The satellite observed sea surface temperature recently reached a milestone temporal coverage of 40 years. This data provides a good opportunity to evaluate the extent of the anthropogenic warming. It documents a strong warming of the subtropical ocean and a cooling of the tropical eastern Pacific Ocean. This pattern was widely interpreted as a manifestation of the Pacific Decadal Oscillation. However, we find that the observed warming/cooling pattern is dynamically consistent with where the surface water converges (subtropical gyres, downwelling) and diverges (subpolar gyres, upwelling), therefore it can be attributed to ocean dynamics.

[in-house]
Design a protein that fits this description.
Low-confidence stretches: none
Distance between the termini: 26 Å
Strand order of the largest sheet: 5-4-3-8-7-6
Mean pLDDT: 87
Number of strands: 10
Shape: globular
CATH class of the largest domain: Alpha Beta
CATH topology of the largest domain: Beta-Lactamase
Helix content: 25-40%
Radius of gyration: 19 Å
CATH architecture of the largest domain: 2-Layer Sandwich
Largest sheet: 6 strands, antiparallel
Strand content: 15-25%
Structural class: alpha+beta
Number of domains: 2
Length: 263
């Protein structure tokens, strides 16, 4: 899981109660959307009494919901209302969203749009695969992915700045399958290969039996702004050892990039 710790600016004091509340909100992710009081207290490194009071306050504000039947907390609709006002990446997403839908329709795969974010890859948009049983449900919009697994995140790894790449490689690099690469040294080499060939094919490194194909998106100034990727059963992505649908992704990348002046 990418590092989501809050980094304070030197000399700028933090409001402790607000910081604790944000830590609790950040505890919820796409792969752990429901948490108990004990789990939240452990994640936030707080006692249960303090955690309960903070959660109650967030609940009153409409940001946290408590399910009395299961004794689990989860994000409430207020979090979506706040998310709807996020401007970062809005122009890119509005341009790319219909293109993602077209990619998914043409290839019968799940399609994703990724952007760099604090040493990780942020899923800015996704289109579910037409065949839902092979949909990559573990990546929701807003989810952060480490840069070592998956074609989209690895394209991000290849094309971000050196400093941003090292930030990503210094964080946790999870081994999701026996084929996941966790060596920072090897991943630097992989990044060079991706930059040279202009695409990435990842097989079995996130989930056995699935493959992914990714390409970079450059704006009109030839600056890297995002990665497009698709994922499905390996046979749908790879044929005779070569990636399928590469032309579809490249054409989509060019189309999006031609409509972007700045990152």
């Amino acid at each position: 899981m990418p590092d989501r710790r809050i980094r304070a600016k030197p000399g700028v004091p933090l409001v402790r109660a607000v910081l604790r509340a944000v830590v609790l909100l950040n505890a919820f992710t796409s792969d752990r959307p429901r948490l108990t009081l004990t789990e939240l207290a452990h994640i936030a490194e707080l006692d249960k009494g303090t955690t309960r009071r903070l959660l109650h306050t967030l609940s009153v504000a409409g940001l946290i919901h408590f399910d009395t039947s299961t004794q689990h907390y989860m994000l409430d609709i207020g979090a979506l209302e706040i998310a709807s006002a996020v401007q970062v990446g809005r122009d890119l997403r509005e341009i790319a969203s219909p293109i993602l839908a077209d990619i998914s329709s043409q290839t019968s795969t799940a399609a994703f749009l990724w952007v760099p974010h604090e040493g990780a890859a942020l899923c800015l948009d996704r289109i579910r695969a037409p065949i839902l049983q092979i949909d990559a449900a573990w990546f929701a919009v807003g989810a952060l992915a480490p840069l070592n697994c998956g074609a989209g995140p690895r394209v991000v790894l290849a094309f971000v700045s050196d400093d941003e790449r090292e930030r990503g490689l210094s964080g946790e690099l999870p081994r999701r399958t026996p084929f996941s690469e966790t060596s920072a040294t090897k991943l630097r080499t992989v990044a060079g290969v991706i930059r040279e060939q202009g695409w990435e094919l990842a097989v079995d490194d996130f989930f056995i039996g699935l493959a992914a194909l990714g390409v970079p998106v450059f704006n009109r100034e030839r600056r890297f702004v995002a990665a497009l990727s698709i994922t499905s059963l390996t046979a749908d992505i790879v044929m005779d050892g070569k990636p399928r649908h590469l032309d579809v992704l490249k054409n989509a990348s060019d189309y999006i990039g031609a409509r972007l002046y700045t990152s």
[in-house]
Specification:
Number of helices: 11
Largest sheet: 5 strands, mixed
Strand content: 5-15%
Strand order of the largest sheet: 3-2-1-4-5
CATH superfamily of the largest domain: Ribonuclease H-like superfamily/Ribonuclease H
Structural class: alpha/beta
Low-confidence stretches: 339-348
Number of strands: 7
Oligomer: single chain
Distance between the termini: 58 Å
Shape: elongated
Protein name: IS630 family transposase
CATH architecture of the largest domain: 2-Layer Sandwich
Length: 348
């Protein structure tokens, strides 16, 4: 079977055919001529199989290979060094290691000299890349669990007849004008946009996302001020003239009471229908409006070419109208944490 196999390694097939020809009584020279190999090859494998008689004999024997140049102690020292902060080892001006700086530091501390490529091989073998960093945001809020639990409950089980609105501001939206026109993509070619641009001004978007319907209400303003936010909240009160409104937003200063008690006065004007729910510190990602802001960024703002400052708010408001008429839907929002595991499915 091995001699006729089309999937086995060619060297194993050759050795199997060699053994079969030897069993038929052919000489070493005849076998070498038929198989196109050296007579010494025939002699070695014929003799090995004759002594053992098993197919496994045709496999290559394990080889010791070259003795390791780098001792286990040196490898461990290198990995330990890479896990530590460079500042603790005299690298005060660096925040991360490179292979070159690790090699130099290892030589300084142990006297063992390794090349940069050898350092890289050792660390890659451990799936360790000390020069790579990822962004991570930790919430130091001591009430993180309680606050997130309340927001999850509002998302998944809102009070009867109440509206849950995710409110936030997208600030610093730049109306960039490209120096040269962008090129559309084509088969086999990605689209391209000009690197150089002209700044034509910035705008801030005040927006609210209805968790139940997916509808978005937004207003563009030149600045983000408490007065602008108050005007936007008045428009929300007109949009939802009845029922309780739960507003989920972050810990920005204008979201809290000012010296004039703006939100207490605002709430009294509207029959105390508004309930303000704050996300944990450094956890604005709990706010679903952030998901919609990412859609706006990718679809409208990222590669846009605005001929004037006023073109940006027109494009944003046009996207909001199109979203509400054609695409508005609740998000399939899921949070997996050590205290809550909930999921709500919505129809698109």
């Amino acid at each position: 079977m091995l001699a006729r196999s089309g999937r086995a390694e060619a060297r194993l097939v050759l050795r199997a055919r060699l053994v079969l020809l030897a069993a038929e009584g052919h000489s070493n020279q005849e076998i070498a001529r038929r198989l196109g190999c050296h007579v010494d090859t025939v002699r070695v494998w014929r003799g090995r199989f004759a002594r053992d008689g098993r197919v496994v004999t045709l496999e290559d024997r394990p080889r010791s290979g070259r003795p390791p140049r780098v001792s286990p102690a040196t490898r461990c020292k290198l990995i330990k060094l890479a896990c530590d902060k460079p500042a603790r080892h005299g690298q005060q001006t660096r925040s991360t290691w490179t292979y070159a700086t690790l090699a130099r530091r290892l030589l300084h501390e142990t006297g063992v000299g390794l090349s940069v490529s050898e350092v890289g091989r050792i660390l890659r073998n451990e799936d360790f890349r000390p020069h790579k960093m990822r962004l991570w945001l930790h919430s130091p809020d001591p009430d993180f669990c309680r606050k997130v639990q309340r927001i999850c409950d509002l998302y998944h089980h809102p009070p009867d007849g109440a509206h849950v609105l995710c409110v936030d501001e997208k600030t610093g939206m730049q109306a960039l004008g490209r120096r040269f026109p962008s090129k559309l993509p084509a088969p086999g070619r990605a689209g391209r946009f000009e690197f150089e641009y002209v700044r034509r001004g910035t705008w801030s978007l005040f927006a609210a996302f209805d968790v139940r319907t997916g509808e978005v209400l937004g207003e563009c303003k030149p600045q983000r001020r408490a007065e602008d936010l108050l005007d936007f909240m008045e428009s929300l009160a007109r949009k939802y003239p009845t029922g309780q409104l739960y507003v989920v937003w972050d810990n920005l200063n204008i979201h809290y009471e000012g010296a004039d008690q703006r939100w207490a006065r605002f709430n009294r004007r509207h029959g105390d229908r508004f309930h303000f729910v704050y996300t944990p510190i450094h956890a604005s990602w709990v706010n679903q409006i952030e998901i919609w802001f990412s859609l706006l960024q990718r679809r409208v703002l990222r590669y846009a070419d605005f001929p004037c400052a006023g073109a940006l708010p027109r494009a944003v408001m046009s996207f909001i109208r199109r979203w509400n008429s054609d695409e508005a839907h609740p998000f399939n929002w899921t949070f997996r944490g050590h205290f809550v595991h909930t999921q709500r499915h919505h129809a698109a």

We show that the observed ocean warming pattern belongs to a forced response, which only manifests itself at the very early stage of CO2 forcing when the heating anomaly is limited in the upper ocean. Long-term warming of the subpolar ocean, where surface water connects the deep ocean, will have a greater amplitude than it would on the subtropics.
Our results point out a serious fact: even though the ocean surface temperature set another new record high this year, the current warming is still in its infancy. Ocean temperature will keep rising for thousands of years, even if greenhouse gas concentrations stop rising right now. The committed, but delayed warming over the subpolar ocean will have strong impact on the ocean-atmosphere circulation and has the potential to cause a sea level rise of more than 10 meters.
Yang, H., Lohmann, G., Stepanek, C. et al. Satellite-observed strong subtropical ocean warming as an early signature of global warming. Commun Earth Environ 4, 178 (2023). https://doi.org/10.1038/s43247-023-00839-w
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